This is perhaps the first budget which brings the farmer and rural India to the centre of economic policy and fiscal allocations. It lays the foundation for India to achieve a high rate of economic growth, because all along what the country missed was increasing farmer's income at a sustained rate. Unless the rural sector incomes and productivity levels improve, we will not be able to make use of the potential demand that exists for consumers and consumer durable products.
Farmers' incomes go up and down depending on shortages or plenty. Once we achieve a sustained rate of rural income growth and take steps to eliminate the dualism between Bharat and India, only then can India progress without plunging into crisis now and then. The difference that this budget makes is to shift policy attention from talking about expanding production to increasing farmer's income and improving rural livelihood. It has brought four government agencies - the Ministry of Agriculture, Ministry of Agro-processing, Ministry of Commerce and NITI Aayog - together and charged them with the task of working to achieve the objectives of increasing agricultural income and improving rural livelihood.
So for the first time you see a multi-dimensional attack on farmer distress. Several people have said that it is impossible to double farmer's income in five years because the rate of growth of agriculture has been just 2.5 per cent over the last few decades. This assumes that farmer's will remain the producer of unprocessed primary commodities and will be at the mercy of intermediaries.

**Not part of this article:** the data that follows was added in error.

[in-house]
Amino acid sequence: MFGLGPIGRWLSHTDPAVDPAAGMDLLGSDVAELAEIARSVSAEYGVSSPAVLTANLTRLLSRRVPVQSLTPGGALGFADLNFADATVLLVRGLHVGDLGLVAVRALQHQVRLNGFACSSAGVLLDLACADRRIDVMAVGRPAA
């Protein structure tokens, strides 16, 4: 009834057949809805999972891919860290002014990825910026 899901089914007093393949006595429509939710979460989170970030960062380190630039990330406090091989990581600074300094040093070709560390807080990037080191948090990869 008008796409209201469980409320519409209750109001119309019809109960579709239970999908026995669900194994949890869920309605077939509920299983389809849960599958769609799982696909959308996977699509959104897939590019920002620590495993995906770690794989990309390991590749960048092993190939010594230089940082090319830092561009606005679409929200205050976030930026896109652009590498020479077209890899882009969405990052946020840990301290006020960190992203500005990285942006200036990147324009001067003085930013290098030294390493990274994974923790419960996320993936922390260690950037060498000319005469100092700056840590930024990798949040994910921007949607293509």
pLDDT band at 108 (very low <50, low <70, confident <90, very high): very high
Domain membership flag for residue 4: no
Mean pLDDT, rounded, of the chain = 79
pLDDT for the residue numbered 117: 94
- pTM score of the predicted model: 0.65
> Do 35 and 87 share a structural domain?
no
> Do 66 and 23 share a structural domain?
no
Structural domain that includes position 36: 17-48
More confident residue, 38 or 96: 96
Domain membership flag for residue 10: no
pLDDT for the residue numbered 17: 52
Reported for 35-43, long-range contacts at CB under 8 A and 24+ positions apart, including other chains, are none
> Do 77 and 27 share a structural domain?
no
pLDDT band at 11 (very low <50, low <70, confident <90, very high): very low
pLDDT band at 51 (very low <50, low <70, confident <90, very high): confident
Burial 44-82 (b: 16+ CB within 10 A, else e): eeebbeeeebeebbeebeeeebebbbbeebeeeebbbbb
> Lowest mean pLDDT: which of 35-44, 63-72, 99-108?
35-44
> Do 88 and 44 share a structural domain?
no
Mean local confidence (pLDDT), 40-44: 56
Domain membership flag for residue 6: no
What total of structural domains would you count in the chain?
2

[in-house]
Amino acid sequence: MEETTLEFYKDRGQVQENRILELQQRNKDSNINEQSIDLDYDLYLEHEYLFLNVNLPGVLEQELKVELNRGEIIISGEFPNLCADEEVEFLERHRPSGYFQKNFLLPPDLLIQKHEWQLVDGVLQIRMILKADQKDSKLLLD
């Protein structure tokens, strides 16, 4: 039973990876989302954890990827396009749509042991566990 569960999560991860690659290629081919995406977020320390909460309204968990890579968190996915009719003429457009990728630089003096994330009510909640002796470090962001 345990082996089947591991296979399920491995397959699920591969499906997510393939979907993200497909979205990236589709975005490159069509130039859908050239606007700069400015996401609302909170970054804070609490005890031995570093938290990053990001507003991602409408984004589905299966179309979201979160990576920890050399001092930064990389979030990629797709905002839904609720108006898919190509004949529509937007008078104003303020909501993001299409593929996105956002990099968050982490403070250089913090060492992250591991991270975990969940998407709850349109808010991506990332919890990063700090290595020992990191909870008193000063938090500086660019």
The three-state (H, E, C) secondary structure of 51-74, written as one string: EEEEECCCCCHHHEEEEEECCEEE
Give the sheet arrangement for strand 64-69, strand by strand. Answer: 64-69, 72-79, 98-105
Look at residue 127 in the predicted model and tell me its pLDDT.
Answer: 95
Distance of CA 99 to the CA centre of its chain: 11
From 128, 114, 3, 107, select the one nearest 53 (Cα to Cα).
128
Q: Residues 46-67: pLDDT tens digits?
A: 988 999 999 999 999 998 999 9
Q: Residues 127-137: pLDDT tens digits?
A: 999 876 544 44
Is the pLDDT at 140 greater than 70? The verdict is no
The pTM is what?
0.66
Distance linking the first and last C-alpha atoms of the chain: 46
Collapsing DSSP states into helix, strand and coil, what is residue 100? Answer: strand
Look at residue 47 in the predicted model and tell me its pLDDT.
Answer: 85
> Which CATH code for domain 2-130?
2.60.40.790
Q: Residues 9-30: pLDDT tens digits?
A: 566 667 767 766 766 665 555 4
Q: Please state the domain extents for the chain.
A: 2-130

NITI Aayog is working to telescope the whole process of farm production and agro processing to ensure that farmers gain. Our farmers are often seen throwing away surplus tomatoes because they can't afford to sell them in the market as transport cost is higher than the price the tomatoes will fetch. But, at the same time we import 6000 crore worth of tomato puree used in all sort of food items. It's an irony that while farmers are throwing surplus tomatoes, we continue to import. If steps are taken to setting up tomato processing plants, then the same tomatoes can be converted into tomato puree and can sold in the market, doubling farmer income. Similarly we are aware of many examples where farmers have raised their incomes by shifting to higher value crops, by shifting to floriculture, by shifting to new forms of horticulture or by shifting to new forms of dairies and fisheries. This needs to be replicated and scaled. If that is done, then there is no reason to believe that farmer's income cannot be doubled or tripled.